How to Match Speaker Wattage to an Amplifier
Speaker wattage is a guideline, designed to give a rough frame of reference for amplifier matching. Most well-built speakers will be able to handle well in excess of their power rating, but staying close to the RMS (root mean squared)-or average-power rating is sound if there is any doubt. For the best performance, a good rule of thumb is to have twice as much rated RMS amplifier power as the speaker's rating. Traditionally, speakers blow under too little power, as clipped waveforms (or heavy distortion) heat up voice coils, causing premature failure.
Examine the speaker's documentation, available on the manufacturer's website, and from local dealers of the speaker in question. For roughly the past 20 years, well-built speakers use rubber (or Santoprene) as the surround, and a treated cloth or rubber around the tweeter. These materials are superior at keeping the driver's cones centered as they move forward and back. This translates to better efficiency, and means that the speaker is less likely to encounter mechanical distress under power. Regardless, discovering the speaker's power rating is a useful piece of information, but does not necessarily dictate whether the speaker will "blow" without examining the build quality of the unit as well.
Locate and study the amplifier's specifications, aiming for 200 percent of the speaker's RMS rating as a benchmark. Keeping the power ratings similar is fine, but that only will provide base-level performance with minimal dynamics and punch. Amplifier distortion ratings tell the true story, and it is desirable to keep these figures in the 0.0005 percent range or better. This quality of distortion means that the input signal and output to the speakers are virtually transparent to one another.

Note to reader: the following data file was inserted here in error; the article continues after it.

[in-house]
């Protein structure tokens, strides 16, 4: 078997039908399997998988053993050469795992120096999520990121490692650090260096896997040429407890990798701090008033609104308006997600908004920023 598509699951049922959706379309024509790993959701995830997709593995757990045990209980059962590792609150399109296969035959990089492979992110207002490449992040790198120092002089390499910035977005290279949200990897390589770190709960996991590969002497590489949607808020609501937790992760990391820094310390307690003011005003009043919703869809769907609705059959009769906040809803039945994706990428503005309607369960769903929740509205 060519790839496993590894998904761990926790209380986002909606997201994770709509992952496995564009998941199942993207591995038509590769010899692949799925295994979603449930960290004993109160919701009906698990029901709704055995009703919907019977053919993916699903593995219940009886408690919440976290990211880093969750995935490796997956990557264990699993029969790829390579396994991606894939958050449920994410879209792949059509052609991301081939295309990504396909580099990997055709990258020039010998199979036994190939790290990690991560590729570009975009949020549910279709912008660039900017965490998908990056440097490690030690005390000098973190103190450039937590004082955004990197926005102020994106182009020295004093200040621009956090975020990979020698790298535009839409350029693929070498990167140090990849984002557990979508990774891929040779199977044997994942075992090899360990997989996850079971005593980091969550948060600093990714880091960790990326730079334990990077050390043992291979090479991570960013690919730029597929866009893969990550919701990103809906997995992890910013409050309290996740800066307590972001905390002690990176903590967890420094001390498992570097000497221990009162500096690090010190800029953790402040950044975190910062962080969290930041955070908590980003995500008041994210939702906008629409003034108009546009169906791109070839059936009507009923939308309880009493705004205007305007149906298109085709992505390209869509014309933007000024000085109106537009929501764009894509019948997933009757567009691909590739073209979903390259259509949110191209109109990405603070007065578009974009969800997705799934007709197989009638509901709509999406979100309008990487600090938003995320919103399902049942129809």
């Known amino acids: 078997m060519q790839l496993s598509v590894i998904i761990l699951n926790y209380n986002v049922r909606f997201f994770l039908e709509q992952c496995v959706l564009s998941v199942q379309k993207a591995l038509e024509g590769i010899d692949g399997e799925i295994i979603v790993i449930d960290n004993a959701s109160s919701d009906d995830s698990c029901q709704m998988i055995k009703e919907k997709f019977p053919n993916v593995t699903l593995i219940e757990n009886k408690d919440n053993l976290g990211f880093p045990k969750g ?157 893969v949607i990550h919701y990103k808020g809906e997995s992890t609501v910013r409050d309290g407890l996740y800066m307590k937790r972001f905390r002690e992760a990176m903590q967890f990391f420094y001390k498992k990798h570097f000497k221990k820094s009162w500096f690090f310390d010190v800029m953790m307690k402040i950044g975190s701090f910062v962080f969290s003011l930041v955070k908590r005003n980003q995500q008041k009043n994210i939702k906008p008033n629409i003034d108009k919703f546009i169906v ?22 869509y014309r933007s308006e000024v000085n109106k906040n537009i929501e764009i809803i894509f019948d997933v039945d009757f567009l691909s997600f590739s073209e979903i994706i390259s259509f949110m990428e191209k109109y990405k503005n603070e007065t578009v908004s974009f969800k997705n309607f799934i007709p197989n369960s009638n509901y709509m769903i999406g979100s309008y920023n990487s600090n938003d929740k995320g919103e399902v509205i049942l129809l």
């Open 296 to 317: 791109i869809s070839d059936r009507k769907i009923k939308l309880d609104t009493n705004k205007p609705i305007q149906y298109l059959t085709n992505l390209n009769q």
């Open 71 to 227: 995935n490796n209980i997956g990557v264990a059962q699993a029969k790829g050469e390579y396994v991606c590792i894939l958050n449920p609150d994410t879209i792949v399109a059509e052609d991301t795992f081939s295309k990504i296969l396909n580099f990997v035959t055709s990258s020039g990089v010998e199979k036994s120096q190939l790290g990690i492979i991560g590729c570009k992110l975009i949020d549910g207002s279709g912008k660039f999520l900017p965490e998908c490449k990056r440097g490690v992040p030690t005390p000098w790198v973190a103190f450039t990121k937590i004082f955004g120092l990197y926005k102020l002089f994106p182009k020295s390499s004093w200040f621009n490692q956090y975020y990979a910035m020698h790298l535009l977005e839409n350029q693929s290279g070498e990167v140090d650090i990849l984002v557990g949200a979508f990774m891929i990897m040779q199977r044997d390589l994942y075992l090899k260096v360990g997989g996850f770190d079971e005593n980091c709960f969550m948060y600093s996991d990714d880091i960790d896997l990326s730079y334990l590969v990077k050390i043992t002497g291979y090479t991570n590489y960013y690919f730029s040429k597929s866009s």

Inspect the nominal impedance capability of the amplifier, vs the impedance spec for the speakers. Impedance is the "load", or amount of stress applied to an amplifier's output stage by whatever is connected to it. Most home amplifiers are rated at 8ohms, with better models having the ability to drop into the 4ohm range. Impedance fluctuates based on frequency, meaning that sharp treble and low bass cause the largest stresses to an amplifier. Most music is in the middle however, so these short-term stresses are typically not an issue. However, along with power ratings, it is critical to ensure that if a low-impedance speaker is chosen, that the amplifier is suitable to drive it.
Research electrical theory surrounding amplifier power and speaker output. One common misconception is that a 100 watt amplifier is twice as loud as a 50 watt device. Similarly, since speakers are generally passive devices, they do not produce power, only transfer the power from the amplifier into something useful and audible. Therefore, selecting a 400 watt speaker will not be beneficial over a 100 watt speaker under normal usage. These examples are a few of many that is needed to distill what's important and what isn't.
Look at the efficiency ratings of the speaker. Because efficiency is rated as a logarithmic function, a rating of 96db/W (96 decibels at one meter, driven with one watt) is nearly twice as efficient as one rated at 90db/W. What this means is that, although the speaker may not subjectively sound better, the amplifier driving it has a far easier time performing its task. Selecting an efficient speaker is beneficial if using a lower-power amplifier, or if loudness is a significant issue.
Tips & Warnings
- When auditioning amp/speaker combinations, pay attention to what is driving what. This will impact the perception of loudness and overall performance.